Eosinophilic ascites: A diagnostic and therapeutic challenge
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Abstract
Eosinophilic gastroenteritis (EGE) is a rare condition characterized by eosinophilic infiltration of the gastrointestinal tract. Depending on the dominant layer of infiltration it is classified into three types namely, mucosal, muscularis and subserosal. The most uncommon variant is the subserosal type characterized by primarily subserosal disease, eosinophilic ascites and peripheral hypereosinophilia. The clinical features are non-specific with history of atopic predisposition and allergy. Endoscopic biopsy is frequently non-diagnostic due to an uninvolved gastrointestinal mucosa rendering its diagnosis a challenge. The mainstay of diagnosis is peripheral hypereosinophilia and eosinophil-rich ascitic fluid on diagnostic paracentesis. Oral steroid therapy is usually the first line of treatment with dramatic response. Due to a propensity for relapse, steroid-sparing therapy should be considered for relapses of EGE. We report a case of subserosal EGE with diagnostic clinical features and treatment response and review the current strategy in the management of eosinophilic ascites.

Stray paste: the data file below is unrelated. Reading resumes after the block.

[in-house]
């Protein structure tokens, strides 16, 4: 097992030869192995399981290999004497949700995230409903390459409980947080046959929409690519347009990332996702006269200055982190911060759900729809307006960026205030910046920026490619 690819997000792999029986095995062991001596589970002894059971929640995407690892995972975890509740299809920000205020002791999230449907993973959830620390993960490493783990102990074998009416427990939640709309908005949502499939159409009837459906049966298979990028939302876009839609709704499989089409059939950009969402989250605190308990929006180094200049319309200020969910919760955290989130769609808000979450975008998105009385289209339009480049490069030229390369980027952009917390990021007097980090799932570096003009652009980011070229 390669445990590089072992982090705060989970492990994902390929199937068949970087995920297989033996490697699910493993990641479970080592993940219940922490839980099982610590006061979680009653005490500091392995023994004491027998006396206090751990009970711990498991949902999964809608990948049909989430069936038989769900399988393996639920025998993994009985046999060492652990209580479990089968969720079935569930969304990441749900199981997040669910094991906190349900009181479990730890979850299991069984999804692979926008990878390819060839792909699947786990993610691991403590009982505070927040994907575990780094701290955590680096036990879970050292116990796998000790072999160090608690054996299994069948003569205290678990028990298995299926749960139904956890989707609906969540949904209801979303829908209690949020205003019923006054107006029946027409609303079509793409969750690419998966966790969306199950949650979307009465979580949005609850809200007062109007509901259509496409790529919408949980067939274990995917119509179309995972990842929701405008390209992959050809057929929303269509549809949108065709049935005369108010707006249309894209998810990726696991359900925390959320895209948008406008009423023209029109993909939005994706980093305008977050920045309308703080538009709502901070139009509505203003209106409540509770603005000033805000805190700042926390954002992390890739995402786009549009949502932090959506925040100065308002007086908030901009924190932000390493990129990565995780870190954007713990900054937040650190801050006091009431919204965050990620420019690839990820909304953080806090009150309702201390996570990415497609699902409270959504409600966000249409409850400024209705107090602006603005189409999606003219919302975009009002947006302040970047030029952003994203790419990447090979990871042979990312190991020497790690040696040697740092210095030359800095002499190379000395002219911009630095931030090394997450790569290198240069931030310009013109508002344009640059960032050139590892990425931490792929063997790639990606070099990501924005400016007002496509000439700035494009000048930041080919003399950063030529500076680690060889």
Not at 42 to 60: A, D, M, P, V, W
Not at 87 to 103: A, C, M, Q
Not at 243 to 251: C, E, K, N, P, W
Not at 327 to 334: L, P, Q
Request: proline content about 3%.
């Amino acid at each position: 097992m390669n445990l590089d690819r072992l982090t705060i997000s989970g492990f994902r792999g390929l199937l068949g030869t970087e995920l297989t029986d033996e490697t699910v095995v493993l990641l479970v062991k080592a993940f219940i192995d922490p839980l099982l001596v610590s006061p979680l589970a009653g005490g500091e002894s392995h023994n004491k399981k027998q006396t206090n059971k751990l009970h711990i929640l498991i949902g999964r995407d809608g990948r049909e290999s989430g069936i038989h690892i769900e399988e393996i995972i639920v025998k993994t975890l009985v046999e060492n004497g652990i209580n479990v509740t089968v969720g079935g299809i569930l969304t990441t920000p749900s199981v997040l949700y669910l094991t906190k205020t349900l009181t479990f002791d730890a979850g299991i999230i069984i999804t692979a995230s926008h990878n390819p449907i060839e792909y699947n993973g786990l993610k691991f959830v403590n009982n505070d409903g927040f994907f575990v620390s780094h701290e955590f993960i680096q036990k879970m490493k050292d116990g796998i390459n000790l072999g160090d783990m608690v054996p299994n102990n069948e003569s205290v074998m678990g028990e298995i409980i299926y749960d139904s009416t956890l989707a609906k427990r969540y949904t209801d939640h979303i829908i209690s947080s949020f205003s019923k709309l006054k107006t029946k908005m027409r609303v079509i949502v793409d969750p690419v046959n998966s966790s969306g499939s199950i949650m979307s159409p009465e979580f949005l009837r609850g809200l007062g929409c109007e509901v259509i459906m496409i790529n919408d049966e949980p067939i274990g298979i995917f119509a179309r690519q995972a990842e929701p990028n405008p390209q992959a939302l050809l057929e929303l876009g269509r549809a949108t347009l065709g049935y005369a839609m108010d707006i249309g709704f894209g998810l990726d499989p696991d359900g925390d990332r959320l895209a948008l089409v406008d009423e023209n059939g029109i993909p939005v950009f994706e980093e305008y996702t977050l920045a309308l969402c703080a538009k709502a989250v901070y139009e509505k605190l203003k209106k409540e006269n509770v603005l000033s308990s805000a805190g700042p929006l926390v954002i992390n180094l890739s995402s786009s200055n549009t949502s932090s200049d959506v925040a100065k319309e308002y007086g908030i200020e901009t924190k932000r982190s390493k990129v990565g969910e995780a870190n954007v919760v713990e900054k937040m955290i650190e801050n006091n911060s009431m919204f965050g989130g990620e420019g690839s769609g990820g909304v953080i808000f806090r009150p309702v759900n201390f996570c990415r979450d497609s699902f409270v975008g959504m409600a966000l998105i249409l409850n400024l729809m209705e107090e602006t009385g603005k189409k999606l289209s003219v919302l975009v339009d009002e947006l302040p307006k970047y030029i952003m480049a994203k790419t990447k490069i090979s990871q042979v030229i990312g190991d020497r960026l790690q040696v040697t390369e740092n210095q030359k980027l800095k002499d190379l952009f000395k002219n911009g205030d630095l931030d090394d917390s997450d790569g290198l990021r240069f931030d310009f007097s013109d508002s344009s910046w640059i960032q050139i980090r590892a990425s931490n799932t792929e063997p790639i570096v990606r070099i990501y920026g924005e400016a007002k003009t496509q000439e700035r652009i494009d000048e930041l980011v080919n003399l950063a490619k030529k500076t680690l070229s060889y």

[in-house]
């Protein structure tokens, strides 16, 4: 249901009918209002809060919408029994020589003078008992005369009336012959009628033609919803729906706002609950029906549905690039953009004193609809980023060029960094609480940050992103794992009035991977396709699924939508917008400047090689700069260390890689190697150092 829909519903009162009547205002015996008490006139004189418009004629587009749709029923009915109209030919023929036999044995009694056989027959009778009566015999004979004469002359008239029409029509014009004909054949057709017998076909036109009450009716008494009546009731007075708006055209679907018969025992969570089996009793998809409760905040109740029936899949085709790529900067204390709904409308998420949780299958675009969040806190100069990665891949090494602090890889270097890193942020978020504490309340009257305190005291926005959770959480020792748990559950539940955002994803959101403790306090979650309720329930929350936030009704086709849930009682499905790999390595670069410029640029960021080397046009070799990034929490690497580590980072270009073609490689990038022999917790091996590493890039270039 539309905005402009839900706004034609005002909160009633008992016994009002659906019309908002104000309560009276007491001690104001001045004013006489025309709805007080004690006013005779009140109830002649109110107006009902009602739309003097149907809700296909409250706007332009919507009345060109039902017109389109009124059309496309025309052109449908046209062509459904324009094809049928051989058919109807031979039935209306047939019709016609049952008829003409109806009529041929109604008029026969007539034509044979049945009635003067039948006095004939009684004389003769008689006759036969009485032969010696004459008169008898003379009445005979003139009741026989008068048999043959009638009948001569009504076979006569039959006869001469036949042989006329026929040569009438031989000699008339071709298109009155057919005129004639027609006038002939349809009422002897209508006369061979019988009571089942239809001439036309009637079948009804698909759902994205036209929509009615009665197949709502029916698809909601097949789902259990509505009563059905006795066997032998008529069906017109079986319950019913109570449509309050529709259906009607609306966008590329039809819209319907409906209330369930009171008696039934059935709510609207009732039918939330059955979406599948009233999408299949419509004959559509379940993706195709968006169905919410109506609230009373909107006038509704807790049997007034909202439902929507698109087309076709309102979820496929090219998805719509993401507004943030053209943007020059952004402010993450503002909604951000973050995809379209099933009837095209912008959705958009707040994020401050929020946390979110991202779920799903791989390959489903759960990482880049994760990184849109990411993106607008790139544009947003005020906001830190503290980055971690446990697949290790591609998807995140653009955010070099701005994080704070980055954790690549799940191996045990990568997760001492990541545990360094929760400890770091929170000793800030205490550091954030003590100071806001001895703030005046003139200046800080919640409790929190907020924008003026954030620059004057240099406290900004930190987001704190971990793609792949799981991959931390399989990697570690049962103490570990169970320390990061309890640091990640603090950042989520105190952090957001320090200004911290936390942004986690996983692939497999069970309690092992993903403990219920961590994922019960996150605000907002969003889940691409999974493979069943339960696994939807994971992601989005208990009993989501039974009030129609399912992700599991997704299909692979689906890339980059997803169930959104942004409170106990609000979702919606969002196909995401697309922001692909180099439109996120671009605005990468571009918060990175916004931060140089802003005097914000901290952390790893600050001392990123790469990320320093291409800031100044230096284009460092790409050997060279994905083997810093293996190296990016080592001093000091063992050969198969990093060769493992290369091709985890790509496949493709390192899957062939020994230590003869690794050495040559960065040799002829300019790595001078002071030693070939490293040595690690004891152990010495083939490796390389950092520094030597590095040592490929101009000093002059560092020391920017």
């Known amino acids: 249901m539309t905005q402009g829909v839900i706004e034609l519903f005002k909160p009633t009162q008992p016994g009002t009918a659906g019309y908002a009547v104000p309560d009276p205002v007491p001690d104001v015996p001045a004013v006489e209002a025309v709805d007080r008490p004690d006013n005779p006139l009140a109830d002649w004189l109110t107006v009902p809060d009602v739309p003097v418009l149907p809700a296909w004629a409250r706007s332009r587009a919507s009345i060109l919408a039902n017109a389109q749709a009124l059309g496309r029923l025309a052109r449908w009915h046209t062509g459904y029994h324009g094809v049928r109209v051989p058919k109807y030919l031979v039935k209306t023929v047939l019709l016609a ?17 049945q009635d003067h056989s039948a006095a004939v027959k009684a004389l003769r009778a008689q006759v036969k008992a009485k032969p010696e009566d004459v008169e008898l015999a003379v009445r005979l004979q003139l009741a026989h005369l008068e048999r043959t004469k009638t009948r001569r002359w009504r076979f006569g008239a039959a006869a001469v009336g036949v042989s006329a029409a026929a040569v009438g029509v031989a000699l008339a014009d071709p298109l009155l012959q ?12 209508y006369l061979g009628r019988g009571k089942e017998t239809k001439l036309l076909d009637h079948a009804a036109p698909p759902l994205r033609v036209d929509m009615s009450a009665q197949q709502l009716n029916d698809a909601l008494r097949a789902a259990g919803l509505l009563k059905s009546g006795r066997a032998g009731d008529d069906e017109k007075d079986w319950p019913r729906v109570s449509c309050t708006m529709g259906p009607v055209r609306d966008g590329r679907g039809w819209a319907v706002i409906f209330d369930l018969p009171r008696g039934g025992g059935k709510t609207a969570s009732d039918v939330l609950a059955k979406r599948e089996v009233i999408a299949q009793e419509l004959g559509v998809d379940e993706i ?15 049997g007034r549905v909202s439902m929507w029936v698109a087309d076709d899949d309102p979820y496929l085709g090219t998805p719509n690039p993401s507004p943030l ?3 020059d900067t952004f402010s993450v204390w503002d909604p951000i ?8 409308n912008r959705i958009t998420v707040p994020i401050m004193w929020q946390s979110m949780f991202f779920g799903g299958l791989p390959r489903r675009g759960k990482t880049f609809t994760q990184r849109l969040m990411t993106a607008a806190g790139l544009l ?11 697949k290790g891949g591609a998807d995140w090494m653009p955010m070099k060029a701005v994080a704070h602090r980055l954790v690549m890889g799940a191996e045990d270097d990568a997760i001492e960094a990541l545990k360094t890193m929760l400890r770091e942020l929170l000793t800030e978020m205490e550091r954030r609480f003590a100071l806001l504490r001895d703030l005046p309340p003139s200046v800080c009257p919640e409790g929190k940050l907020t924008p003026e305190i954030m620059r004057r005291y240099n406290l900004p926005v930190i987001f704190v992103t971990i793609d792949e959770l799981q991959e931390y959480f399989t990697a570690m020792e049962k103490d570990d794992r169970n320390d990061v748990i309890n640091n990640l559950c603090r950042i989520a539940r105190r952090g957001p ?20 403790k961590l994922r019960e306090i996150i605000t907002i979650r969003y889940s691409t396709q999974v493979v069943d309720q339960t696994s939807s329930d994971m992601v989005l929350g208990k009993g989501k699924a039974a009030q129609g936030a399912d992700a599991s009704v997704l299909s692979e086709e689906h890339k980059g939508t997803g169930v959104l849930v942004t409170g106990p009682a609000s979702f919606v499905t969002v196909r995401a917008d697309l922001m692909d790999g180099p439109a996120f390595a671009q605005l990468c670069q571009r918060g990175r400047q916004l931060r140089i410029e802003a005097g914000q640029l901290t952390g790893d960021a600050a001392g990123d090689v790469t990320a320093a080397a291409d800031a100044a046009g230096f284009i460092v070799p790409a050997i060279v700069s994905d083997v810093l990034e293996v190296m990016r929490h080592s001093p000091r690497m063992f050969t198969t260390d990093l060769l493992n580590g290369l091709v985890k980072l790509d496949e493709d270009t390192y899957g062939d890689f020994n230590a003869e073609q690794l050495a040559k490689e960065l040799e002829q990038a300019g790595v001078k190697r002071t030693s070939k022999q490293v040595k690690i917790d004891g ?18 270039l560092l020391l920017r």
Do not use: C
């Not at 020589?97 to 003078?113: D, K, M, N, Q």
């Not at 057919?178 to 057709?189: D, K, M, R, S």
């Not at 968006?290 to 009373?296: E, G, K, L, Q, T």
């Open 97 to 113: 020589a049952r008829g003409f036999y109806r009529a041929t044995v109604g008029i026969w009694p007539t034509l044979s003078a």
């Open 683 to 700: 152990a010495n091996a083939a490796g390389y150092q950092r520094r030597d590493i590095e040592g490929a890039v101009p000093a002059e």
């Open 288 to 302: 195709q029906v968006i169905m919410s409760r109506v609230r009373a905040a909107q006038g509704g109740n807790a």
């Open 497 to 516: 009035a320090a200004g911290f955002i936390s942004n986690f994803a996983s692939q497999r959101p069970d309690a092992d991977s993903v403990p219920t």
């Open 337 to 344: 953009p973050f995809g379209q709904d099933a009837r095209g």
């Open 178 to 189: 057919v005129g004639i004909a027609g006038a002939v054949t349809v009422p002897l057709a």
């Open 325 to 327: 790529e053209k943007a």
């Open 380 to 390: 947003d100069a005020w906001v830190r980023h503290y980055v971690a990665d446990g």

CASE REPORT
A 35-year-old female presented to the clinic with complaints of abdominal distension and an episode of self-limiting diarrhea three weeks ago. She admitted to the recent use of green tea and increased consumption of nuts in her diet. Past medical history was remarkable for recurrent allergic bronchitis. On examination there was no evidence of pallor, icterus or peripheral edema and abdominal examination revealed moderate distention with a doughy consistency. Abdominal ultrasonography demonstrated moderate ascites with no signs of portal hypertension, liver or renal disease. Contrast-enhanced abdominal computed tomography confirmed the presence of free peritoneal fluid, diffuse circumferential thickening of small bowel loops, distal stomach and esophagus (Figure ?(Figure1).1). Laboratory examination revealed peripheral eosinophilic leukocytosis with 52% eosinophils (total leukocyte count 22900 cells/mm3) and no immature myeloid precursors. The C-reactive protein, erythrocyte sedimentation rate and IgE levels were within normal limits....

https://www.ncbi.nlm.nih.gov/pmc/articles/PMC5037340/
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